It’s been on the streets for a while now, but I’ve just got around to the Australian National Audit Office’s most recent annual review of Defence major projects. It’s a thoroughly useful compendium of data provided by the DMO, with an overview and critique from the ANAO.
There’s no headline story in the latest edition. As I noted last year, the data shows the project management benefits of military-off-the-shelf (MOTS) purchasing compared to development projects. In between those options there’s ‘Australianised MOTS’—modifying MOTS equipment to meet Australian requirements. The data set includes six development projects, 16 Australianised MOTS (AMOTS) and 8 MOTS. Consistent with previous observations that schedule is a bigger problem than cost, there’s little in the way of cost overrun in the portfolio of projects. But the schedule results speak for themselves:
|Schedule variation (%)|
(Source: author’s analysis of data from ANAO and DMO)
The situation’s actually starker than those figures suggest. The MOTS average is made to look worse by delays in the introduction of a new heavyweight torpedo for the Collins class submarines. But that’s caused mostly by delays in establishing the full cycle docking program for the boats, rather than problems with the weapons. If we exclude that, the average MOTS schedule overrun is less than 3%. And the developmental project average is made to look better than it is by the ANAO’s (usually sensible) practice of taking second pass approval as the starting point. By that measure the F-35 Joint Strike Fighter is projected to be 2% ahead of schedule. But given that we’re already three years past the original planned in-service date and still five years from the initial operating capability, that seems a tad generous in this case.
In other places the auditors have presented a picture that’s formally accurate, but which has the potential to mislead. For example, the aggregated data on real cost variations—a useful measure of project performance—isn’t especially helpful. Ninety-six percent of the quoted total of $11 billion is the cost of the 58 additional F-35 aircraft approved last year. In DMO-speak that might’ve been a formal change of scope to the project, but it was always intended to happen.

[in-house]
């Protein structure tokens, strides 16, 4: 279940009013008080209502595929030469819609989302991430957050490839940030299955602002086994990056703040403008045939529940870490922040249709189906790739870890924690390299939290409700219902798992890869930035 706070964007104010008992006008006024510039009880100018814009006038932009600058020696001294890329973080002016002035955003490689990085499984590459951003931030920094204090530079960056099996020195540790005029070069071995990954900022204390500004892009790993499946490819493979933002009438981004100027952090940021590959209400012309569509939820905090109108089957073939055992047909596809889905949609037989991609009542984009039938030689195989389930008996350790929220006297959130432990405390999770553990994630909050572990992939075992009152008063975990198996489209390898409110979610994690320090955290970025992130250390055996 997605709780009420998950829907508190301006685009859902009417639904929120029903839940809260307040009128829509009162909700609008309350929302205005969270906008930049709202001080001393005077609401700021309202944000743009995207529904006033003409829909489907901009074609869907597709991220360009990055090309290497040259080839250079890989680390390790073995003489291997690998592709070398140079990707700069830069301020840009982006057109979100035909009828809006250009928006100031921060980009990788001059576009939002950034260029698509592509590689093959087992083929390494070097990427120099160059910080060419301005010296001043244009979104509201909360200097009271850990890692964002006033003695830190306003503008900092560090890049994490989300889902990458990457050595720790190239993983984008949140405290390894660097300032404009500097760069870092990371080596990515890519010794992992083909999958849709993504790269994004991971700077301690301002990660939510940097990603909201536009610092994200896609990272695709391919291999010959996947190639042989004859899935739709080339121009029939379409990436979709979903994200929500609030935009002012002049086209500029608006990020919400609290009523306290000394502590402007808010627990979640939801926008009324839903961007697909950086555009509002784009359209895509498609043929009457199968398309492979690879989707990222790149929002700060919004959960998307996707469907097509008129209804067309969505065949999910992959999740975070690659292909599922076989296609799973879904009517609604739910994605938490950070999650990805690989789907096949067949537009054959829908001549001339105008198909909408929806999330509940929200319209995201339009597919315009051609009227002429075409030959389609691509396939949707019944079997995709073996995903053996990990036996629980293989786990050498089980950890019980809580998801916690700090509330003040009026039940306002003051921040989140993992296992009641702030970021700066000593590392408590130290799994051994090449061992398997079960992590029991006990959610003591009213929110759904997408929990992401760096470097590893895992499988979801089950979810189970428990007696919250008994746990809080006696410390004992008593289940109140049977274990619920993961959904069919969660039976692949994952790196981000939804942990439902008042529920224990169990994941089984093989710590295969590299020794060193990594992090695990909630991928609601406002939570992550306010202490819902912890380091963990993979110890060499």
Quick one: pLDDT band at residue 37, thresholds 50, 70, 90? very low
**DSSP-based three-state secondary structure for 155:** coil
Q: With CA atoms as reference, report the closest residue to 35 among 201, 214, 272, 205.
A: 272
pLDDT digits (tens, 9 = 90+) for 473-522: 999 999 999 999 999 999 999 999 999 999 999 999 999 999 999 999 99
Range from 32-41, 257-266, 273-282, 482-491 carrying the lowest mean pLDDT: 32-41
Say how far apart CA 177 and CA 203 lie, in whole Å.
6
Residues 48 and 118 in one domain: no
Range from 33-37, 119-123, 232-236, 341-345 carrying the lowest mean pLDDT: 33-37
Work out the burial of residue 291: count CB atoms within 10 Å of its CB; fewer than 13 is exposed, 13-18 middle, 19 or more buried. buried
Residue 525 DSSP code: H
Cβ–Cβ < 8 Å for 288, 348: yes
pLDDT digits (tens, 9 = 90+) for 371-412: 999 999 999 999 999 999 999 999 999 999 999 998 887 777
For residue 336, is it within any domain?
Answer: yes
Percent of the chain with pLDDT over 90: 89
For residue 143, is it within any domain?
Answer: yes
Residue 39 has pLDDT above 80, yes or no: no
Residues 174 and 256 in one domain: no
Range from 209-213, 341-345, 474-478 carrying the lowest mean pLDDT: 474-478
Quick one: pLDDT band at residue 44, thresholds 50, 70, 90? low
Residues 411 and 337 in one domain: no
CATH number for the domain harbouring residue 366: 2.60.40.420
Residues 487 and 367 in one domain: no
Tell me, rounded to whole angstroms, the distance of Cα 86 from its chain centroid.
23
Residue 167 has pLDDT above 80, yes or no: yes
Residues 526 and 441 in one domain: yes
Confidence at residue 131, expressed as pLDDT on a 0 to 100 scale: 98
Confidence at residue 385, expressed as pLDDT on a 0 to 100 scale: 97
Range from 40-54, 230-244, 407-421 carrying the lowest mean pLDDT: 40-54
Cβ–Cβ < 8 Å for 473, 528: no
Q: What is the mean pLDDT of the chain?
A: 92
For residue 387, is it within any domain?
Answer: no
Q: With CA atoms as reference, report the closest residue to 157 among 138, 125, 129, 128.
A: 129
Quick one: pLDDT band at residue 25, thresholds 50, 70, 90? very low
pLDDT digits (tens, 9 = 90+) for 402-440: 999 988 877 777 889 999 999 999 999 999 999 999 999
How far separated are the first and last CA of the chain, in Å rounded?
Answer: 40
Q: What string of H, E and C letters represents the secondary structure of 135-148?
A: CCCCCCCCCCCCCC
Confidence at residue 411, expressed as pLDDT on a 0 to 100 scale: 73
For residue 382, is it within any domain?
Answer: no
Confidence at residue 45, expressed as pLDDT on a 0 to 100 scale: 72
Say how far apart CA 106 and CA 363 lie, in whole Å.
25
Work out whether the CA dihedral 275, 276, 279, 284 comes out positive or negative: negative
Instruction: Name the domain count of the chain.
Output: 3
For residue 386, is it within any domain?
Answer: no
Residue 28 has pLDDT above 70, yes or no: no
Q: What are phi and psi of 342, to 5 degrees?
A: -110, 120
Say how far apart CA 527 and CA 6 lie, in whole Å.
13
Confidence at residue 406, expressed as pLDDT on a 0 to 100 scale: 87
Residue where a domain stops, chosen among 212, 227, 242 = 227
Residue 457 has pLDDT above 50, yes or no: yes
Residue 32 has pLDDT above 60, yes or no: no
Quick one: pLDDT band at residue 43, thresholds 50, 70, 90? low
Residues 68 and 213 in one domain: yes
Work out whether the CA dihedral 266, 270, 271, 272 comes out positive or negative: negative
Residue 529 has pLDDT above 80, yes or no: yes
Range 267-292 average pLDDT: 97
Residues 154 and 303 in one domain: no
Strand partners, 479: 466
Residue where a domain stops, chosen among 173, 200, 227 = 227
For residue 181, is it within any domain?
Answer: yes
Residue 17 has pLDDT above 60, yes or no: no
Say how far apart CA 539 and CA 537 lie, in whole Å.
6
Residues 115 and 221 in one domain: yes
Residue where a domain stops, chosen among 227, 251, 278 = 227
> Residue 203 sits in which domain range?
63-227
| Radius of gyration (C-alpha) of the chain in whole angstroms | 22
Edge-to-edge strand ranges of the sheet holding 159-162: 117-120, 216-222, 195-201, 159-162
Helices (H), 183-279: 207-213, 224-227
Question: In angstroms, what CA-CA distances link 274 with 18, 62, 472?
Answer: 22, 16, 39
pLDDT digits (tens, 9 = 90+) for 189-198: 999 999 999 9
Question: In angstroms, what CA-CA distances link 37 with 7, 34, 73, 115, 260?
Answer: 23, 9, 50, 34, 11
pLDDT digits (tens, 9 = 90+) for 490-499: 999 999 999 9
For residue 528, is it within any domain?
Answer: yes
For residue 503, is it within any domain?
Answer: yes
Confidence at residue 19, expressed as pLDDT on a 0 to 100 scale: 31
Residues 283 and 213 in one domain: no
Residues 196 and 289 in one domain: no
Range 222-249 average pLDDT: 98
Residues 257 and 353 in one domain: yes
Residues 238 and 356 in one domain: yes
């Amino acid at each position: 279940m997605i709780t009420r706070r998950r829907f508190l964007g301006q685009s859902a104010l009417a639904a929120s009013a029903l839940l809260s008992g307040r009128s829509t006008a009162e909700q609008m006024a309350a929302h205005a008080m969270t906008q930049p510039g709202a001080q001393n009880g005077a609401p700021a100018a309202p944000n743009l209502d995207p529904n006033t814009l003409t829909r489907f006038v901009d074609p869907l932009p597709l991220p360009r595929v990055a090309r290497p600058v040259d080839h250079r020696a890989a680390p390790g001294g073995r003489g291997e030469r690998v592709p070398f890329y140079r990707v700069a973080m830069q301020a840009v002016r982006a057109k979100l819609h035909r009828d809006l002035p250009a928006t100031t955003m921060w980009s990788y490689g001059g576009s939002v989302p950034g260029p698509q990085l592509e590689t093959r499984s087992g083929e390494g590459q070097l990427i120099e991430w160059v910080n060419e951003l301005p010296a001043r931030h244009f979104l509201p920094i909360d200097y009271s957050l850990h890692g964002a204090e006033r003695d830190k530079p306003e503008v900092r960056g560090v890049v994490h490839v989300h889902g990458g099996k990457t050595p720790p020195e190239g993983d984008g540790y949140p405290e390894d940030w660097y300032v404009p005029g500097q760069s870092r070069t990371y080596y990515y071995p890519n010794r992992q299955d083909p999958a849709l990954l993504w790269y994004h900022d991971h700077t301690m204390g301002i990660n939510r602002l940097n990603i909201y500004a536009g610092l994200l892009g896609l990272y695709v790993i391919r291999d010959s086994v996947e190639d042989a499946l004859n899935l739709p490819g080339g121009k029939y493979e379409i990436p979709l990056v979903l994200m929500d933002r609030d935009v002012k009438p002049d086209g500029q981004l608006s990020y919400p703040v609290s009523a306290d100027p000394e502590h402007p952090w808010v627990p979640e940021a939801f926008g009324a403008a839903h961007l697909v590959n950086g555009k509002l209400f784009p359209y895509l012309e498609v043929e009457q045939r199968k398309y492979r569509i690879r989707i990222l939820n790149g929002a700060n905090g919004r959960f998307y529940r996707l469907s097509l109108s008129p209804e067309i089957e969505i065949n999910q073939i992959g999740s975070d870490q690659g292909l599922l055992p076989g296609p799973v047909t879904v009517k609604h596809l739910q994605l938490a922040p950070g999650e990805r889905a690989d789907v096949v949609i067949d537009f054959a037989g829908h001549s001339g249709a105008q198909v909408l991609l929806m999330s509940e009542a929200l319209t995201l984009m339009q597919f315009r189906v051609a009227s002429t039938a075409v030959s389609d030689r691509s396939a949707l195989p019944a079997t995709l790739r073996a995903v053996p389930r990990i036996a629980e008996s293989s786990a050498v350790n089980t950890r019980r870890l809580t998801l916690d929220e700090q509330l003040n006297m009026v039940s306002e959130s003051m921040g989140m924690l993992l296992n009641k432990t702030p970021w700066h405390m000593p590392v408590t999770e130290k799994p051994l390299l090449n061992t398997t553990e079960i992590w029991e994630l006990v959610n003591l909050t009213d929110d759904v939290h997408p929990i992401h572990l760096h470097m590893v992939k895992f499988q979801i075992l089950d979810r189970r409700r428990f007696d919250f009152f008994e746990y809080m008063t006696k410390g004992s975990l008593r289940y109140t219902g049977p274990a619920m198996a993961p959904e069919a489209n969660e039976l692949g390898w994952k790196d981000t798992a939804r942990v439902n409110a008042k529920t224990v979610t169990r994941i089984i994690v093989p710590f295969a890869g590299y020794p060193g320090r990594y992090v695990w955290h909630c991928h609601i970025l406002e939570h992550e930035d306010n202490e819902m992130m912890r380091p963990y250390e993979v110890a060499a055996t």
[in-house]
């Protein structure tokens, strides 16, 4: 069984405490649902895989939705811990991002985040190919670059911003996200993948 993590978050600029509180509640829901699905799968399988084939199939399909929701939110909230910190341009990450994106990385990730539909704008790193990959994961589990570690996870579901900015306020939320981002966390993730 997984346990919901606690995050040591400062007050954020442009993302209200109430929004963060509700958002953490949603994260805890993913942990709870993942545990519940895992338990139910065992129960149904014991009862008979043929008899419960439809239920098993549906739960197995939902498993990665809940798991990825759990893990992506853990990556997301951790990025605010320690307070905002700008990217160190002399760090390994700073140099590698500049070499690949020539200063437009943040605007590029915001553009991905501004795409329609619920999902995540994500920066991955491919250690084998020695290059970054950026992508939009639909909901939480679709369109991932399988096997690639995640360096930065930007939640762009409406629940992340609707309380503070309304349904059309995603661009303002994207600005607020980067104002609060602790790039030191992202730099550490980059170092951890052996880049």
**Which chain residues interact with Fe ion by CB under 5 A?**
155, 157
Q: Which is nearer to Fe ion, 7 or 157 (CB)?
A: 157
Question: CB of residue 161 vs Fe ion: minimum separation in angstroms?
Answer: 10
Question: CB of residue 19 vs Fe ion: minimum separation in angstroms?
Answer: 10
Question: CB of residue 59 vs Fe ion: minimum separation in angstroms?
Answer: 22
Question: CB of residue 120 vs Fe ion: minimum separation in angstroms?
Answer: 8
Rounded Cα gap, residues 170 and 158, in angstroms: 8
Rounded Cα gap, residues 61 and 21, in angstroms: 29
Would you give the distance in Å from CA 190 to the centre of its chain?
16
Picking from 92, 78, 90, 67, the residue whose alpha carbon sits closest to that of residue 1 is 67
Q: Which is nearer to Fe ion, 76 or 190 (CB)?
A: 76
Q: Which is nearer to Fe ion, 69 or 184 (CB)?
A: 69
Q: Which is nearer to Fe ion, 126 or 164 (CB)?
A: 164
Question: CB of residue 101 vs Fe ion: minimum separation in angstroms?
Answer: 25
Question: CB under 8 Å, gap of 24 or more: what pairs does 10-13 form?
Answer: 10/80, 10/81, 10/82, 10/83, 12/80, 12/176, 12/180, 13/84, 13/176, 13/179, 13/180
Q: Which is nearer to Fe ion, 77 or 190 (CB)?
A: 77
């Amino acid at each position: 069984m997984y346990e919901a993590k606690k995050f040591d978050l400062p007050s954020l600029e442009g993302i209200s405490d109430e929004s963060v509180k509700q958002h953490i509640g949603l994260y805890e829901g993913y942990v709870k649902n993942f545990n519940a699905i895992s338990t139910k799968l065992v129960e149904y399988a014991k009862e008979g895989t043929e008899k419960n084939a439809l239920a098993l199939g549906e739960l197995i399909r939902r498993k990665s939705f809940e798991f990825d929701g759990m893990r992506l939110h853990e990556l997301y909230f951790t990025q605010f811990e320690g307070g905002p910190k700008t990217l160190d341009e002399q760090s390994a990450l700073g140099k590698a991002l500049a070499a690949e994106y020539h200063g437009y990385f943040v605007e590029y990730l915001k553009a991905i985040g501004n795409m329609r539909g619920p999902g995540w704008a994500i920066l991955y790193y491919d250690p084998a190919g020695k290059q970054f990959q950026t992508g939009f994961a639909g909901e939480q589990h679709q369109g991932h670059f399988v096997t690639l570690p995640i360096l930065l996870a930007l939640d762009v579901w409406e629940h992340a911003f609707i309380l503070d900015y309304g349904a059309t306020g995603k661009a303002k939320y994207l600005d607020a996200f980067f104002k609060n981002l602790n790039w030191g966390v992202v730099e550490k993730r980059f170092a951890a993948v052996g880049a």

Luckily, the data’s there to drill down into the individual projects. Otherwise I might’ve missed the surprising note that the AWD project had a downwards real cost variation last year… wait, what? Wasn’t the ANAO expecting a real cost increase in this project? It turns out that the variation’s due to a $110 million ‘transfer of funding for facilities construction to the Defence Support and Reform Group’. Remind me to add that back into any future cost quoted for the AWD program.
Cost and schedule problems have been around for as long as defence projects have existed. (I sometimes wonder if Noah’s ark was late and over budget. The movie certainly was, but Noah was at least dealing with a set of well-defined and unchanging specifications.) But there’ve been several attempts made to reform the Australian defence acquisition system, so it’s worth interrogating the data to see if the system is learning from experience, and whether the major changes that have been introduced post-Kinnaird are helping. ANAO have helpfully included some longitudinal data that helps us study the trends. Figure 12 (reproduced below) is probably the most helpful in this respect. It shows the total slippage (schedule overrun) of the current portfolio of projects over time.
Source: ANAO 2013–14 Major Projects report
ANAO interprets these and other data as showing that things have improved post-Kinnaird. They note that more than half the slippage in the projects they’re currently tracking is due to projects dating back to their 2007-08 report; since then they’ve added more projects to the mix, including some approved in prior years. ANAO note that ‘80% of the total schedule slippage … is made up of projects approved prior to the DMO’s demerger from the Department of Defence, in July 2005’. In other words, by this measure the pre-reform projects are the worst performers.
That’s reassuring as far as it goes, but I’d add a few caveats. First, in any set of projects that take a decade or more to deliver, you’d expect the older ones to be the worst performers—they’ve had longer to reach the point where slippage can no longer be avoided. Second, none of the projects in the initial set were MOTS: of the seven, three were development and four were AMOTS (and some of those were disguised development projects). Comparing their performance to later sets with MOTS projects included isn’t ‘apples with apples’. Finally, there’s the hard fact that the Kinnaird two-pass process has added substantially to the time taken to take a project from concept to approval. For the ADF, it doesn’t much matter where in the process the delay occurs—late capability is the result.
Andrew Davies is senior analyst for defence capability and director of research at ASPI.